Fallen Marine Sergeant Johanny Rosario Pichardo will return home to Lawrence on Saturday, the 20th anniversary of the 9/11 terror attacks that spawned the conflict in Afghanistan that claimed her life as the United States ended the longest war in its history.
Rosario Pichardo was fatally wounded at the Kabul airport Aug. 26 when two suicide bombers detonated massive bombs. A total of 13 US service members were killed along with at least 170 Afghans in an area packed with people desperately trying to board US aircraft after the country fell under the control of the Taliban.
“She’s coming home on the date, the 20th anniversary of the date, that created the war that cost her life. I do find significance in that,” said Francisco Urena, former state veterans affairs commissioner who is assisting Rosario Pichardo’s family. “She could be and hopefully is the very last casualty from Afghanistan to come to Massachusetts. That’s wishful thinking...But hopefully that will lead to the policymakers to keep it that way.”
Rosario Pichardo and the other Marines killed in the Kabul airport attack will be awarded the Purple Heart. ”The 11 Marines killed-in-action while supporting Operation Freedom’s Sentinel will be awarded the Purple Heart,” Captain Andrew Wood, a Marine Corps spokesman, said in a statement.
Rosario Pichardo’s remains are scheduled to arrive at Logan International Airport around noon Saturday via private charter and will then be transferred to a hearse for the Farrah Funeral Home, whose owner recalled Wednesday that he also provided funeral services for Peter P. Hashem, a Tewksbury resident killed on 9/11 when Flight 11 was steered into the World Trade Center by terrorists.
“I knew him. He was a gentleman,” Louis Farrah recalled, adding that Hashem immigrated from Lebanon when that country was in the midst of a civil war. “He came here, he worked hard, and he did everything he was supposed to do...He was among the first to die on 9/11.”
Farrah added: “It’s just terribly ironic. I hope she’s the last person to die.”
Rosario Pichardo was 25 years old, a native of Puerto Ricoof Dominican descent, and a graduate of Lawrence High School, officials said.
Governor Charlie Baker and Lieutenant Governor Karyn Polito are expected to be at the airport on Saturday along with Rosario Pichardo’s relatives for the transfer of her flag-draped casket. The family traveled to Dover, Del., when Rosario Pichardo’s body was returned with the other service members killed in the blasts. President Biden was on hand.
According to Urena and officials, State and Lawrence police and possibly motorized veterans groups will escort the hearse north on Interstate 93 to Interstate 495, exiting the highway onto Route 114. The motorcade will stay on Route 114 until the procession reaches Farrah’s funeral home at 133 Lawrence St.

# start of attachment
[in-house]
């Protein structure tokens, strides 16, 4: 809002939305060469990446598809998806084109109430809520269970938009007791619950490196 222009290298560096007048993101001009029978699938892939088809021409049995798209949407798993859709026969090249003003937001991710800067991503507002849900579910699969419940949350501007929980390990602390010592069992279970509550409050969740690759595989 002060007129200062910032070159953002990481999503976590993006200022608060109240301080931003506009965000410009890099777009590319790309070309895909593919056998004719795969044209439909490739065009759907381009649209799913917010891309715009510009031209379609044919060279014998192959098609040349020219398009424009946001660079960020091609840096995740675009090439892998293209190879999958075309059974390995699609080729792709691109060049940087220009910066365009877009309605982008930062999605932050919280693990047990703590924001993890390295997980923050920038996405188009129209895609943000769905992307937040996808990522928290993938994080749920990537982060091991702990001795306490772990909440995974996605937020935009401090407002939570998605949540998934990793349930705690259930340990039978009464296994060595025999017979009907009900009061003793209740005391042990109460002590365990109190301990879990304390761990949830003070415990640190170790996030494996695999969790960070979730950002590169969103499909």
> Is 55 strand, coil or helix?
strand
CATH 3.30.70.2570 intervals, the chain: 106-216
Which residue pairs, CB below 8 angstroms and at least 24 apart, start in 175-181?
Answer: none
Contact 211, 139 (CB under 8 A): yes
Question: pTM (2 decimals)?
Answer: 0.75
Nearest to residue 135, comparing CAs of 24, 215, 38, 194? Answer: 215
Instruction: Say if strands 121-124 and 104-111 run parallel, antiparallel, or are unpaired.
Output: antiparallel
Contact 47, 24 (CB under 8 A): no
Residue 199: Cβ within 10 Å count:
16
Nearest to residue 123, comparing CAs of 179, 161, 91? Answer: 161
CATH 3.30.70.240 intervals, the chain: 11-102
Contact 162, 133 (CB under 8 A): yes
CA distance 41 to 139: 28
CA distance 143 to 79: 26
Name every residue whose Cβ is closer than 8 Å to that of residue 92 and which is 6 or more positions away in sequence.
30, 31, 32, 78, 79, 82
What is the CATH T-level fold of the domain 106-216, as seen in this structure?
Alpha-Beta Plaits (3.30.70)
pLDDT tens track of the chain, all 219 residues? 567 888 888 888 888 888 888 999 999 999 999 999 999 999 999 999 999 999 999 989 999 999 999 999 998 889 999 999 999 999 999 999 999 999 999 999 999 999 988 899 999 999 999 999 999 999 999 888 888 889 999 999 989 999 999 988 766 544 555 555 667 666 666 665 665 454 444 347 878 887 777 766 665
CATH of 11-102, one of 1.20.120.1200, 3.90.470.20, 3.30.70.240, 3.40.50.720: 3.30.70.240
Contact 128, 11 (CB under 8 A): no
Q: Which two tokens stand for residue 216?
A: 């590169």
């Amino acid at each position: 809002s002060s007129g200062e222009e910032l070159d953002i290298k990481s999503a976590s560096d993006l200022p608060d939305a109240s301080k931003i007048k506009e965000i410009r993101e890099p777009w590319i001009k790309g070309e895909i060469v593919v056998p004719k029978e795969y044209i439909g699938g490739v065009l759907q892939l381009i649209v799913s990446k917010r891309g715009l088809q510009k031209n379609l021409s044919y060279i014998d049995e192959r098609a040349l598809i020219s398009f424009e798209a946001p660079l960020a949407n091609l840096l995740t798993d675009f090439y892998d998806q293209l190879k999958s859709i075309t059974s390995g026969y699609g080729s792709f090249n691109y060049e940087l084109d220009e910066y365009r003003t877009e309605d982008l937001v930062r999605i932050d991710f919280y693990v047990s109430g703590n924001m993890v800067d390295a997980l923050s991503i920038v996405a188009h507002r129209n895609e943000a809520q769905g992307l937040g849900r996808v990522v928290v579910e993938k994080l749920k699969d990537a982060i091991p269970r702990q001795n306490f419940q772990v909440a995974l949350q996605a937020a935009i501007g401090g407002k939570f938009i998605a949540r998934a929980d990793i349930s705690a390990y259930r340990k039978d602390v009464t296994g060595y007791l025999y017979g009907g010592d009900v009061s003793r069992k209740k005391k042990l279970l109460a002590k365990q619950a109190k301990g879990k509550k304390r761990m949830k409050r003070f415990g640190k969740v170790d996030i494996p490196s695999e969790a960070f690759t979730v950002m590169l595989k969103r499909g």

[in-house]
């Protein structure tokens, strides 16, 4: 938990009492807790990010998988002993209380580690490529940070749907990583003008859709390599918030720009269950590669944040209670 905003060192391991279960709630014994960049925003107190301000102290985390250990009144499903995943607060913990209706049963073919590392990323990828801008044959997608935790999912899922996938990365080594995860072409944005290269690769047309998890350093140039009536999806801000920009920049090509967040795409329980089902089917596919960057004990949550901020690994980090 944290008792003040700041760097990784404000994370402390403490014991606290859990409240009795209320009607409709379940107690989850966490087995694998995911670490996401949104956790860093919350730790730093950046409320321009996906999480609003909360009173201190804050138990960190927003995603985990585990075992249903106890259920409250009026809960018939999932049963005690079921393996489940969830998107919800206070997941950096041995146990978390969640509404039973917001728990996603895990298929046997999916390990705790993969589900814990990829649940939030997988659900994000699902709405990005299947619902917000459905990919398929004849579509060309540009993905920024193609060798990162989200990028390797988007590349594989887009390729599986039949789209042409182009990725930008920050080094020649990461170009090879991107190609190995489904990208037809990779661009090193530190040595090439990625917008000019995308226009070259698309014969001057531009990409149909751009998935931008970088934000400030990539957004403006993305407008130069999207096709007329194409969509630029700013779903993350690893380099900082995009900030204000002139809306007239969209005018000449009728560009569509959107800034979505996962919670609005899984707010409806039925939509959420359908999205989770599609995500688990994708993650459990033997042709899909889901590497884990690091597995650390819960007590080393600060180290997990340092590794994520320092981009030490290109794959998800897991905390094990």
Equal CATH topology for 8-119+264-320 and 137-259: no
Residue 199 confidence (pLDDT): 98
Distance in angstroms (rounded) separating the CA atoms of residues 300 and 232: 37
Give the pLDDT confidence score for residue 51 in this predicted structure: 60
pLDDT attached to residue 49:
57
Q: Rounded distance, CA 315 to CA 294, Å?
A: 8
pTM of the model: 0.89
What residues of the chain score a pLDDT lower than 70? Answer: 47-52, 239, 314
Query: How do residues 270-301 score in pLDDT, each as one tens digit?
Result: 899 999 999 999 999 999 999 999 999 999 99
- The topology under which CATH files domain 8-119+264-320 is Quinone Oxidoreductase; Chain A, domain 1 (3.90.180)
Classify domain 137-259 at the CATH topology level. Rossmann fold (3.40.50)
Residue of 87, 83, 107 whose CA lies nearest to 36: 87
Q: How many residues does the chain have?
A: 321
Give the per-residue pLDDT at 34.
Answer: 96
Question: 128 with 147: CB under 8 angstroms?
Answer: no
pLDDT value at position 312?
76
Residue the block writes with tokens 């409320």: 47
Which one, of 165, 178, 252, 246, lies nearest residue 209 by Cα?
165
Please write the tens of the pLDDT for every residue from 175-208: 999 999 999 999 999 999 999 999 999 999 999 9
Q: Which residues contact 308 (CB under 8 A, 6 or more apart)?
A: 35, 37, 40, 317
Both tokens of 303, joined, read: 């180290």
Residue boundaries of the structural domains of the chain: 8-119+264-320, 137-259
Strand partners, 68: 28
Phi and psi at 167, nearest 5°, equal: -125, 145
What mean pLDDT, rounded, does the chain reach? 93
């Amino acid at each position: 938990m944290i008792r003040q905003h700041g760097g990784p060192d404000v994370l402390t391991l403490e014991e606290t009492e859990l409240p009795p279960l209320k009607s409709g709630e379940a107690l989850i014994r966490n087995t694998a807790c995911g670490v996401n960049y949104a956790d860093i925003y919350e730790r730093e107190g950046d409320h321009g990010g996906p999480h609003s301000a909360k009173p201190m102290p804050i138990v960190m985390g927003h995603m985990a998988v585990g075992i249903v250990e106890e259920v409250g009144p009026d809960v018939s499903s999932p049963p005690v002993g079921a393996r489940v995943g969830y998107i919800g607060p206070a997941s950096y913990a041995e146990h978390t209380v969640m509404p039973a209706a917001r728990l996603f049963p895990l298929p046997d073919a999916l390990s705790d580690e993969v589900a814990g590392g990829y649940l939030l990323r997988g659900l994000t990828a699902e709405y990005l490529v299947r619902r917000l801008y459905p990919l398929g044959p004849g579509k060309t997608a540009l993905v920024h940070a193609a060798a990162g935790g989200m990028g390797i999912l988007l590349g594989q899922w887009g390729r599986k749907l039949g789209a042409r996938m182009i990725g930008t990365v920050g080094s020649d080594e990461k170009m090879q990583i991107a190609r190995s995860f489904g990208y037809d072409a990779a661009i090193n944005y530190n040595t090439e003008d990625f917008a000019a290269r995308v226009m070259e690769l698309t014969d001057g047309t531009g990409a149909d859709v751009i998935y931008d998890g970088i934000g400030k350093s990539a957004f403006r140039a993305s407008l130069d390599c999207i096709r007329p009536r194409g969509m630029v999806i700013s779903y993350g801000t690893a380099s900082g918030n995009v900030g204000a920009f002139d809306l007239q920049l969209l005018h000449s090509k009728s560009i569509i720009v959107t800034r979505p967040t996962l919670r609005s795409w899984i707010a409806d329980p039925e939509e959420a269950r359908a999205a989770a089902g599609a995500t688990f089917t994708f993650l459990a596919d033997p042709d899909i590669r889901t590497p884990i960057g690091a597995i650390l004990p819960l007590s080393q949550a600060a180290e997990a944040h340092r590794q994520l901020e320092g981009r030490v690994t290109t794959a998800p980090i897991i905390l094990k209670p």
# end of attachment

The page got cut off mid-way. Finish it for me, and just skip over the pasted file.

The death of Rosario Pichardo has already created another reality for the family. The Marine was not only a bedrock of emotional support for her mother and sisters, but also a key source of financial support by sharing her Marine salary with them, Urena said.
Her sister, Rosie Rosario, has launched a GoFundMe campaign that initially hoped to raise $20,000, but as of Wednesday had received $100,000 in donations. Urena said none of that money will be spent on funeral expenses as some initially believed.
“That money, specifically, is going to go to give a better quality of life to that family,” he said.
Some Marines who served with Rosario Pichardo, are expected to attend the upcoming services, Urena said. On Monday, Sept. 13, a Mass of Christian Burial will be held at 10 a.m. at St. Mary’s of the Assumption Church in Lawrence for the family and invited guests.
On Tuesday, from 11 a.m. to 2 pm a public wake will be held at the Lawrence Veterans Memorial Stadium. Public speakers will address those gathered from 2 p.m. to 3 p.m. The wake will end with a liturgy of the word, a Catholic service. At 3 p.m., there will be a motorcade to Bellevue Cemetery for interment in the veterans’ section of the city-owned cemetery on May Street.
During the public wake, large posters with photographs of the 12 other service members will be on display, something the slain Marine’s mother insisted upon, officials said. The family is also exploring the idea of creating a memorial to all 13 service members near Rosario Pichardo’s final resting place.
“This was a specific request” by Rosario Pichardo’s mother, Colasa Pichardo, said Farrah. “She just feels a kinship to them, to their parents, their loved ones. And she knows they all died together trying to help people.”